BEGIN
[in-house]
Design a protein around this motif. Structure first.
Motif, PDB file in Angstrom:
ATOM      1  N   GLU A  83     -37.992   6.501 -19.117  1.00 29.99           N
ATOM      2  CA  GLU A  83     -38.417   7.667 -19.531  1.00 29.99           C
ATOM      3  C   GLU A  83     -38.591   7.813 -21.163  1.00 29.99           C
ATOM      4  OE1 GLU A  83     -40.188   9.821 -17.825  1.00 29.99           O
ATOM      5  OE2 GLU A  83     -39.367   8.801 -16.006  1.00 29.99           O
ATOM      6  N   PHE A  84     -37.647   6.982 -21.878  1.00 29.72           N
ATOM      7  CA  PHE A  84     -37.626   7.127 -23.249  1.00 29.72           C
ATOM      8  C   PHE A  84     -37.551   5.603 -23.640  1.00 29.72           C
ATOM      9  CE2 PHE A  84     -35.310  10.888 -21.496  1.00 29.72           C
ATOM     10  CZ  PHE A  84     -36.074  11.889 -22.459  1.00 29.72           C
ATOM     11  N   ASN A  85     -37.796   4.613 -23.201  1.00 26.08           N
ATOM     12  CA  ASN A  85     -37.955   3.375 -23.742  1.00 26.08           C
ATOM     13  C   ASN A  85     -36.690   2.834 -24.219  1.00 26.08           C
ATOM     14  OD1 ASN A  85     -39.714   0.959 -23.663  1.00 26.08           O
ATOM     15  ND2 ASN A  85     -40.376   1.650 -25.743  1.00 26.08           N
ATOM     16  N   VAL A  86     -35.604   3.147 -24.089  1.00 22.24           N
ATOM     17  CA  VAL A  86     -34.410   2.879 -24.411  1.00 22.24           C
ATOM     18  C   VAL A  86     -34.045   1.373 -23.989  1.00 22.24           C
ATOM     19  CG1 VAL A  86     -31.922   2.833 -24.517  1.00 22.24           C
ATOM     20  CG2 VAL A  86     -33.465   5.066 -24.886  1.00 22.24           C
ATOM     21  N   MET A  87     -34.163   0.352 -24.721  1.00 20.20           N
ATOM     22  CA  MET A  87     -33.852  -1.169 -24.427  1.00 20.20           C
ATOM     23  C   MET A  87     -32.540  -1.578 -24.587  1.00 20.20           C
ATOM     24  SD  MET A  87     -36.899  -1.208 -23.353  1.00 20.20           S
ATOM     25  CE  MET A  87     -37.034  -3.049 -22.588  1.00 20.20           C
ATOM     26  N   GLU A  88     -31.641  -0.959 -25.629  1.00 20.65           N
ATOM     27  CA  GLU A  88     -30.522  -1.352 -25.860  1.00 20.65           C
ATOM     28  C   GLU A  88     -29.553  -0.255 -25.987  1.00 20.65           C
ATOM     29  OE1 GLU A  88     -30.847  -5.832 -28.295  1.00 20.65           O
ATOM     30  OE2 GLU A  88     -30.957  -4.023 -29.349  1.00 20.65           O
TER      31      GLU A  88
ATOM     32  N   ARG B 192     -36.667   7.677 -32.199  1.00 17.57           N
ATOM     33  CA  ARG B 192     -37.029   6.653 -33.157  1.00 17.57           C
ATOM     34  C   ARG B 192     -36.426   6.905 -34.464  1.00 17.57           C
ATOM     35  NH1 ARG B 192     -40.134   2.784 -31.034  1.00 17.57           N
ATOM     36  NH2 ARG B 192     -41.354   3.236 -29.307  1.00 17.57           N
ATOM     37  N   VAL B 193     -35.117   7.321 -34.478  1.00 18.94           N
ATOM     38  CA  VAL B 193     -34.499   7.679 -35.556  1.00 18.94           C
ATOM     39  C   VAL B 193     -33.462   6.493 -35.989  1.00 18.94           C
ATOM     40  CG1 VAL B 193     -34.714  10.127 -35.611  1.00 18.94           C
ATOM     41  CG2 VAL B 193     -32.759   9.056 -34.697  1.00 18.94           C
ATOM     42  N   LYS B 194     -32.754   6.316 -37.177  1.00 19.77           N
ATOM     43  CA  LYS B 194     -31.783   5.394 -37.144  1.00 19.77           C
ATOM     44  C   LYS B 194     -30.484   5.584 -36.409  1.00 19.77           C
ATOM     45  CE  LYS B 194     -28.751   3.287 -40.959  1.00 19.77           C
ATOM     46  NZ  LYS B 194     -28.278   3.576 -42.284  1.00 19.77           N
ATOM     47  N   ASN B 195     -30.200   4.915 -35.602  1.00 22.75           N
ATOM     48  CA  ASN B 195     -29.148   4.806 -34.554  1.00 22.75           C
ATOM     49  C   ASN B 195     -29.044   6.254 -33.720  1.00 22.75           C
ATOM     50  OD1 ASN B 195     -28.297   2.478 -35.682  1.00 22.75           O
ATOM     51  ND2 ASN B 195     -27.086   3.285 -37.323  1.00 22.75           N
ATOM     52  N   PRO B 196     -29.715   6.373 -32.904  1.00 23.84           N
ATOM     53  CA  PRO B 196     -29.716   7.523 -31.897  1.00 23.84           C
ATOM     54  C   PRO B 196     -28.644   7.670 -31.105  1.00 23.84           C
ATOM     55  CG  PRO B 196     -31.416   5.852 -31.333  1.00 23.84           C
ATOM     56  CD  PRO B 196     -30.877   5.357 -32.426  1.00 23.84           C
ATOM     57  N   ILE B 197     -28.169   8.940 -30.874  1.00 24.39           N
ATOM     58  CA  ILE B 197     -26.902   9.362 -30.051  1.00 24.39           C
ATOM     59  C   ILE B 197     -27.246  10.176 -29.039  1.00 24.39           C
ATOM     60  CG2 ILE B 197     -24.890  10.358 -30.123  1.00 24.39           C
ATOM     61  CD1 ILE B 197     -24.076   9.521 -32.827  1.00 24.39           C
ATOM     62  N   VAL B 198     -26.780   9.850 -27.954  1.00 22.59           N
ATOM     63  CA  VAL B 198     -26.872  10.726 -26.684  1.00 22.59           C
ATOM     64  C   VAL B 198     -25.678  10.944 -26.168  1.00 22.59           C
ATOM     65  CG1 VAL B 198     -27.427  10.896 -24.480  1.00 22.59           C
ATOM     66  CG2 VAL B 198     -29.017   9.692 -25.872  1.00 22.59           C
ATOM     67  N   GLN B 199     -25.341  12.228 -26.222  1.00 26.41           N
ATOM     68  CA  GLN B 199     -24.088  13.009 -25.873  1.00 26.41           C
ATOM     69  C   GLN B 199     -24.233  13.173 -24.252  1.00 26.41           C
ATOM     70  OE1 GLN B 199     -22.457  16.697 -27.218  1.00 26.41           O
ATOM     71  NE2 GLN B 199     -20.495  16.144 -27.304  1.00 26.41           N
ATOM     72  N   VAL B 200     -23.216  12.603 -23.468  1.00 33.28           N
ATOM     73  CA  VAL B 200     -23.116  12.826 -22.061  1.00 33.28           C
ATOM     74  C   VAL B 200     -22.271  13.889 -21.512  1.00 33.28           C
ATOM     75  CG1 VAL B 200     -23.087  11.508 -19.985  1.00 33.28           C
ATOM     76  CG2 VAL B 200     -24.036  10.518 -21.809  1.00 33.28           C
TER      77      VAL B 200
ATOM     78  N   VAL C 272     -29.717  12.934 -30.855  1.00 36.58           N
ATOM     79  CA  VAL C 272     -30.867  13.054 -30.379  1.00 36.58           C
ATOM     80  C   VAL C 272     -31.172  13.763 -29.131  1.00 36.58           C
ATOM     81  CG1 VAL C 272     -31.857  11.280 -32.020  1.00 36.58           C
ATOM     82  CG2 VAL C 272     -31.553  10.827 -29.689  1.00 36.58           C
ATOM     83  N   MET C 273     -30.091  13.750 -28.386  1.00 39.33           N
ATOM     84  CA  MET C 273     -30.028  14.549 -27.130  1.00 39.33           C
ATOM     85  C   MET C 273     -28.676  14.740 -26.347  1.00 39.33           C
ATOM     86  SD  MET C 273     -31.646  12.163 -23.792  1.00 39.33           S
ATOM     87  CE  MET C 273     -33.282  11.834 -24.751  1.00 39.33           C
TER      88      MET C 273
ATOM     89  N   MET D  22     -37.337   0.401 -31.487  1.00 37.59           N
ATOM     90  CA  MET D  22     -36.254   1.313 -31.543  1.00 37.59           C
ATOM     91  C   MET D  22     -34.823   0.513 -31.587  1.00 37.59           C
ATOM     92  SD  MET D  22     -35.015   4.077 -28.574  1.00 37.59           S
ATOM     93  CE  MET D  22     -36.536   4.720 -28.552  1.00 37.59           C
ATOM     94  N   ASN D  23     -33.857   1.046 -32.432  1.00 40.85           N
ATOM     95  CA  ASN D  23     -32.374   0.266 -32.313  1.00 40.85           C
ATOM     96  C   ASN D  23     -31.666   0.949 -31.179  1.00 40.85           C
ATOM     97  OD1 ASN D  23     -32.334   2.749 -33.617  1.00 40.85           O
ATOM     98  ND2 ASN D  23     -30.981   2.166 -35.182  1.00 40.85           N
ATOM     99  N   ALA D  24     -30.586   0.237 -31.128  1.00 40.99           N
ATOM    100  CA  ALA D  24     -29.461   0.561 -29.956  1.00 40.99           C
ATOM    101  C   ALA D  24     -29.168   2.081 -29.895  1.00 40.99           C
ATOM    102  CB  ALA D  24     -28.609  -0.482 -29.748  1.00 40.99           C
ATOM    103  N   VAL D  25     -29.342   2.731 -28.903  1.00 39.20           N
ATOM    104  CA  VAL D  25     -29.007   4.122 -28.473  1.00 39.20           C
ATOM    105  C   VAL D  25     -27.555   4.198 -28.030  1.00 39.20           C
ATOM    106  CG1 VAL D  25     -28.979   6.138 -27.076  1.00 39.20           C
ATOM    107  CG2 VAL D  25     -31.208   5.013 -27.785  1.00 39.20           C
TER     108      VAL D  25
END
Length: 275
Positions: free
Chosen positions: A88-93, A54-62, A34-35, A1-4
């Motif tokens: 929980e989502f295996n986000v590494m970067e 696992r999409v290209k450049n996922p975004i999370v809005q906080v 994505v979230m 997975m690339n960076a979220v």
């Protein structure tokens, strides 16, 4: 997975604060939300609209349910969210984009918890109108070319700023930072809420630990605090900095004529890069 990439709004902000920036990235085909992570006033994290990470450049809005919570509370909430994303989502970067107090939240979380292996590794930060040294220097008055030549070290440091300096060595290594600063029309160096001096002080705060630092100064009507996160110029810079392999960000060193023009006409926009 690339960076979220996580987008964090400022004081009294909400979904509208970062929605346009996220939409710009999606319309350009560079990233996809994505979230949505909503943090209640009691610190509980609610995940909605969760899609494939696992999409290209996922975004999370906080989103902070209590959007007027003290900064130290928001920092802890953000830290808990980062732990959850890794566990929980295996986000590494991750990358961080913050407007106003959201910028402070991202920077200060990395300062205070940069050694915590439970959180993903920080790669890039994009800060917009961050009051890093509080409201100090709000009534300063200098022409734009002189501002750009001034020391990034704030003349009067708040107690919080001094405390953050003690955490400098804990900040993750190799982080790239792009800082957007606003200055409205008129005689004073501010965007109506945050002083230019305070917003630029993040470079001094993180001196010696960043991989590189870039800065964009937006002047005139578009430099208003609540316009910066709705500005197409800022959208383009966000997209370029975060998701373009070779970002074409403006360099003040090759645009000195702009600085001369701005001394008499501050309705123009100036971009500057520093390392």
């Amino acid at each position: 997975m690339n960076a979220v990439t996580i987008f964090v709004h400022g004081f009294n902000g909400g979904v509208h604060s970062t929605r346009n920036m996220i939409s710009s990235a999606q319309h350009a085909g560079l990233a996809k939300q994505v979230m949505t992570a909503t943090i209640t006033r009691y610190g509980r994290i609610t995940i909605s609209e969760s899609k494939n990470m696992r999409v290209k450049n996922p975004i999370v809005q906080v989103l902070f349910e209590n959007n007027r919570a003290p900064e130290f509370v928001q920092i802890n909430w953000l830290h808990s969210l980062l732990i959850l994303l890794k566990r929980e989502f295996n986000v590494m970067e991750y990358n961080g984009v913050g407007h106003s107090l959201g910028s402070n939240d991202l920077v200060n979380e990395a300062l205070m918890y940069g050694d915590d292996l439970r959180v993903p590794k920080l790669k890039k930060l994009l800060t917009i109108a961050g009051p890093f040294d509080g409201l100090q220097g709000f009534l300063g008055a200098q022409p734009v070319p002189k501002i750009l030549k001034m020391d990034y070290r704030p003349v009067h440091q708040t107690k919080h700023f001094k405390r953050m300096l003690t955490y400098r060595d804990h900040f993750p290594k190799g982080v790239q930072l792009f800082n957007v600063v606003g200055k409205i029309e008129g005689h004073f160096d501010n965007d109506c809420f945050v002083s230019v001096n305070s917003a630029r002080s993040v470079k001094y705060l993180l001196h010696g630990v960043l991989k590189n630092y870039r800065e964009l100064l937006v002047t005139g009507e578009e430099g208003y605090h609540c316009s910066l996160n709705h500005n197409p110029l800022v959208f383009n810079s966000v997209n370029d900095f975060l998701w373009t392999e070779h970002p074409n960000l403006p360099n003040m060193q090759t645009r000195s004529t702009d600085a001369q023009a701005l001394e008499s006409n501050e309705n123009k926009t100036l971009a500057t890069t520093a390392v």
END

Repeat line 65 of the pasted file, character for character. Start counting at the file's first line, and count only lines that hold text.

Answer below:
ATOM     62  N   VAL B 198     -26.780   9.850 -27.954  1.00 22.59           N